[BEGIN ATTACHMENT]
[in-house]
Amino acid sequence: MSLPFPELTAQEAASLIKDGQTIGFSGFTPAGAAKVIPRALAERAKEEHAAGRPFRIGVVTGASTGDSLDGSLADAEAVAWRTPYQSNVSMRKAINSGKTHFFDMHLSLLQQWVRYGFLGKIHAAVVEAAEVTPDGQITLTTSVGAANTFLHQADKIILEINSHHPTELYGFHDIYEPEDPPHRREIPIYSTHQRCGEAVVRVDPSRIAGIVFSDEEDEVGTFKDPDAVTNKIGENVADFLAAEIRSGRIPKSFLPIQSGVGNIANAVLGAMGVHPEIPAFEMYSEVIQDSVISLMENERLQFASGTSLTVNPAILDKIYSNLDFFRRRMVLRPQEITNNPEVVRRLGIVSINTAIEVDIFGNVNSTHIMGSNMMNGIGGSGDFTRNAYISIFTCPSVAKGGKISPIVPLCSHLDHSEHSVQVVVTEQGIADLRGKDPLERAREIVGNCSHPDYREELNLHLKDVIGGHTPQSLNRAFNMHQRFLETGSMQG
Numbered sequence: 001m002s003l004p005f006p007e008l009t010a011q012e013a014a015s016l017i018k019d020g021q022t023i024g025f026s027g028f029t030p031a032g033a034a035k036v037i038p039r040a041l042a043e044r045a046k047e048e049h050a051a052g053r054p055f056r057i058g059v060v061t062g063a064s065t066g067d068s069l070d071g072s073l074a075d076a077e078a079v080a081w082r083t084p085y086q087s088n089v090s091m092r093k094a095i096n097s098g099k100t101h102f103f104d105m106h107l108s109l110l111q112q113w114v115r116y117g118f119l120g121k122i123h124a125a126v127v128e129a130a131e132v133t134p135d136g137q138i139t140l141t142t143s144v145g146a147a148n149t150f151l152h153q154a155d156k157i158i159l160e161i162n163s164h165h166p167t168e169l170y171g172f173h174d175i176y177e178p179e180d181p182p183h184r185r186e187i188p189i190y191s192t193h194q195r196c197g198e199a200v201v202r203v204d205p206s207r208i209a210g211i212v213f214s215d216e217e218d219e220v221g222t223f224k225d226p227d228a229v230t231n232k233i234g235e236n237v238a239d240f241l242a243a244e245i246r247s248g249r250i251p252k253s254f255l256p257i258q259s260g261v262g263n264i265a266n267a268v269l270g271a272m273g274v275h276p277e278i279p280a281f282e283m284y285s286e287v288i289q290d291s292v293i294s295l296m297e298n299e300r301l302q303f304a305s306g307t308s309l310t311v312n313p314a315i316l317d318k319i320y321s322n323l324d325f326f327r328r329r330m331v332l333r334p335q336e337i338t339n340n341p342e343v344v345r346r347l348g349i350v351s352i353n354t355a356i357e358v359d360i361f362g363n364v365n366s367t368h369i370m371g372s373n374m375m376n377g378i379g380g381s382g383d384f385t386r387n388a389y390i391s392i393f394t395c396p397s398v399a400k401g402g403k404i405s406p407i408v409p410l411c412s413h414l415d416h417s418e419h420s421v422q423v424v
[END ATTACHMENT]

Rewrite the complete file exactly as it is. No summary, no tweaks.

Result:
[in-house]
Amino acid sequence: MSLPFPELTAQEAASLIKDGQTIGFSGFTPAGAAKVIPRALAERAKEEHAAGRPFRIGVVTGASTGDSLDGSLADAEAVAWRTPYQSNVSMRKAINSGKTHFFDMHLSLLQQWVRYGFLGKIHAAVVEAAEVTPDGQITLTTSVGAANTFLHQADKIILEINSHHPTELYGFHDIYEPEDPPHRREIPIYSTHQRCGEAVVRVDPSRIAGIVFSDEEDEVGTFKDPDAVTNKIGENVADFLAAEIRSGRIPKSFLPIQSGVGNIANAVLGAMGVHPEIPAFEMYSEVIQDSVISLMENERLQFASGTSLTVNPAILDKIYSNLDFFRRRMVLRPQEITNNPEVVRRLGIVSINTAIEVDIFGNVNSTHIMGSNMMNGIGGSGDFTRNAYISIFTCPSVAKGGKISPIVPLCSHLDHSEHSVQVVVTEQGIADLRGKDPLERAREIVGNCSHPDYREELNLHLKDVIGGHTPQSLNRAFNMHQRFLETGSMQG
Numbered sequence: 001m002s003l004p005f006p007e008l009t010a011q012e013a014a015s016l017i018k019d020g021q022t023i024g025f026s027g028f029t030p031a032g033a034a035k036v037i038p039r040a041l042a043e044r045a046k047e048e049h050a051a052g053r054p055f056r057i058g059v060v061t062g063a064s065t066g067d068s069l070d071g072s073l074a075d076a077e078a079v080a081w082r083t084p085y086q087s088n089v090s091m092r093k094a095i096n097s098g099k100t101h102f103f104d105m106h107l108s109l110l111q112q113w114v115r116y117g118f119l120g121k122i123h124a125a126v127v128e129a130a131e132v133t134p135d136g137q138i139t140l141t142t143s144v145g146a147a148n149t150f151l152h153q154a155d156k157i158i159l160e161i162n163s164h165h166p167t168e169l170y171g172f173h174d175i176y177e178p179e180d181p182p183h184r185r186e187i188p189i190y191s192t193h194q195r196c197g198e199a200v201v202r203v204d205p206s207r208i209a210g211i212v213f214s215d216e217e218d219e220v221g222t223f224k225d226p227d228a229v230t231n232k233i234g235e236n237v238a239d240f241l242a243a244e245i246r247s248g249r250i251p252k253s254f255l256p257i258q259s260g261v262g263n264i265a266n267a268v269l270g271a272m273g274v275h276p277e278i279p280a281f282e283m284y285s286e287v288i289q290d291s292v293i294s295l296m297e298n299e300r301l302q303f304a305s306g307t308s309l310t311v312n313p314a315i316l317d318k319i320y321s322n323l324d325f326f327r328r329r330m331v332l333r334p335q336e337i338t339n340n341p342e343v344v345r346r347l348g349i350v351s352i353n354t355a356i357e358v359d360i361f362g363n364v365n366s367t368h369i370m371g372s373n374m375m376n377g378i379g380g381s382g383d384f385t386r387n388a389y390i391s392i393f394t395c396p397s398v399a400k401g402g403k404i405s406p407i408v409p410l411c412s413h414l415d416h417s418e419h420s421v422q423v424v